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BA:  What was personally the most touching experience there?

 

Eric:  So after being earthquaked, tsunamied, starved and radiated it was also unseasonably cold and snowing. The survivors endured hardship upon hardship. 

There are so many tragedies but also so many examples of human kindness and the triumph of their will to survive.

I wish I could think of one amazing touching story, but honestly, it is all such a blur to me. From the moment I woke up until I went to bed I was almost constantly shooting. Even when we were driving sometimes I was shooting out the windows with two cameras at once. Just because I wanted to capture as much as possible. 

I guess something heart breaking, was seeing small families searching through the debris that used to be their house.  Or seeing families watch what is left of their home being torn down or bulldozed. The blur in my mind is full of stuff like that Iguess.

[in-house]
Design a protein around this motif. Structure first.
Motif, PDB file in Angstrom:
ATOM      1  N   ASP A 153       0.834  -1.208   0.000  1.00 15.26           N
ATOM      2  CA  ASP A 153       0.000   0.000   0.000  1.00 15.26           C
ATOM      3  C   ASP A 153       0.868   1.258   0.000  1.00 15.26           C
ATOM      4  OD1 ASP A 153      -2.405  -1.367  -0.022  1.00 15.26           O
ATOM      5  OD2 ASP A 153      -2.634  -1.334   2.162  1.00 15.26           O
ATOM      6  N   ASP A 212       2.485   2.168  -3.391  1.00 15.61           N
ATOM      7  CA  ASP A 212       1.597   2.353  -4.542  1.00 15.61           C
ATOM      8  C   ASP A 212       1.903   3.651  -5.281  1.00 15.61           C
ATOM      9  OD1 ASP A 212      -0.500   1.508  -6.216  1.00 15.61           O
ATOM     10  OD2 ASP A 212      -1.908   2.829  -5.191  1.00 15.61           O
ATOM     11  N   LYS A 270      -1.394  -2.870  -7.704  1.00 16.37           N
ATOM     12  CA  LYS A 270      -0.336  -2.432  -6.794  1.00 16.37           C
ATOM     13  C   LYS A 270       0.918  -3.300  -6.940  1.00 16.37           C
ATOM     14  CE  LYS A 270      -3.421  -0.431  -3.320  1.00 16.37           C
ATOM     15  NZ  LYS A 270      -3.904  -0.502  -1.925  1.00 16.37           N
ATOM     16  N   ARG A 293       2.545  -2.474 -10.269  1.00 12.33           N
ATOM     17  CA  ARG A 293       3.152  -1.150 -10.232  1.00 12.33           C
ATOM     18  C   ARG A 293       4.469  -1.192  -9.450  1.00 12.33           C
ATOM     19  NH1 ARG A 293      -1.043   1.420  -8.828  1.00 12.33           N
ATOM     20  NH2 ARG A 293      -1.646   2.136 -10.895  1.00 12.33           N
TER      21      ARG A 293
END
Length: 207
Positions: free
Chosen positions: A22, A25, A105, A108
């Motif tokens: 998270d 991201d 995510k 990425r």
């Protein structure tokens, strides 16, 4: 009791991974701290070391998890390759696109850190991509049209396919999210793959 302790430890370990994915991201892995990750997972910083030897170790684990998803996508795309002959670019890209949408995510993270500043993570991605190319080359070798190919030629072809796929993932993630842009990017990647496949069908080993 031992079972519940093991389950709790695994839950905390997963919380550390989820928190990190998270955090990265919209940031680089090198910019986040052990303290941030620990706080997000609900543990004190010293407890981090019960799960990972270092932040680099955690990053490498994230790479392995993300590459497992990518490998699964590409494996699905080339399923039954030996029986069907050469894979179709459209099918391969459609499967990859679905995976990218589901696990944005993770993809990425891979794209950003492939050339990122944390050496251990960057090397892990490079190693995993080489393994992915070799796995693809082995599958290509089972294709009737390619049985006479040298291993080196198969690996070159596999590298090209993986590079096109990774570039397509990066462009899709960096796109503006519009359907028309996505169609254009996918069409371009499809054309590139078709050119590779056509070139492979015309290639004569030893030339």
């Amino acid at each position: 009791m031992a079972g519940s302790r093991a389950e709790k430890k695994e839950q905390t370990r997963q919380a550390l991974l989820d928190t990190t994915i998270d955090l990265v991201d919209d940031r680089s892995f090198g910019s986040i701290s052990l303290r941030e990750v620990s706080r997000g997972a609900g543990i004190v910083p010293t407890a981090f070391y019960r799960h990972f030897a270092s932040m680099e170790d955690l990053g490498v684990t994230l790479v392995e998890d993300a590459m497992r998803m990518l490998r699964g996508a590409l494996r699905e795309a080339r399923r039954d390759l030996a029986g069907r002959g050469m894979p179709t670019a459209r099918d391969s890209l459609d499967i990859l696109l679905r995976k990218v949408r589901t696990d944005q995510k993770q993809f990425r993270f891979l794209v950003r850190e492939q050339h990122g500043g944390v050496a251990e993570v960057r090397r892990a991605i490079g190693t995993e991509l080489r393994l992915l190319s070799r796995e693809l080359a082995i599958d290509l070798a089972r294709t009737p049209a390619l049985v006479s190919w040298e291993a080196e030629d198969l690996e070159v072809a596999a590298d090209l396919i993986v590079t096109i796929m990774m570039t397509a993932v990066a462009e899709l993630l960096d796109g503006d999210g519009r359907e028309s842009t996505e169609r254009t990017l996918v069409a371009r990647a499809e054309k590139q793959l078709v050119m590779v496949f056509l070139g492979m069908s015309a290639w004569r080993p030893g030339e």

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BA:  Did you ever feel in danger at any time while shooting or working? 

Eric:  I am absolutely certain that the mix of chemicals, smoke and rotting things was a bad thing to be breathing. Even at the time and after my lungs hurt.But I refused to wear a mask. I saw refugee kids without masks so I figured if they don’t wear masks then I’m not wearing a mask.Maybe that is foolish, but I felt it was a matter of solidarity.

But thats such a vague danger. It’s the kind of danger where ten years from now I find out I have lung cancer and then I will wish I wore a mask I guess…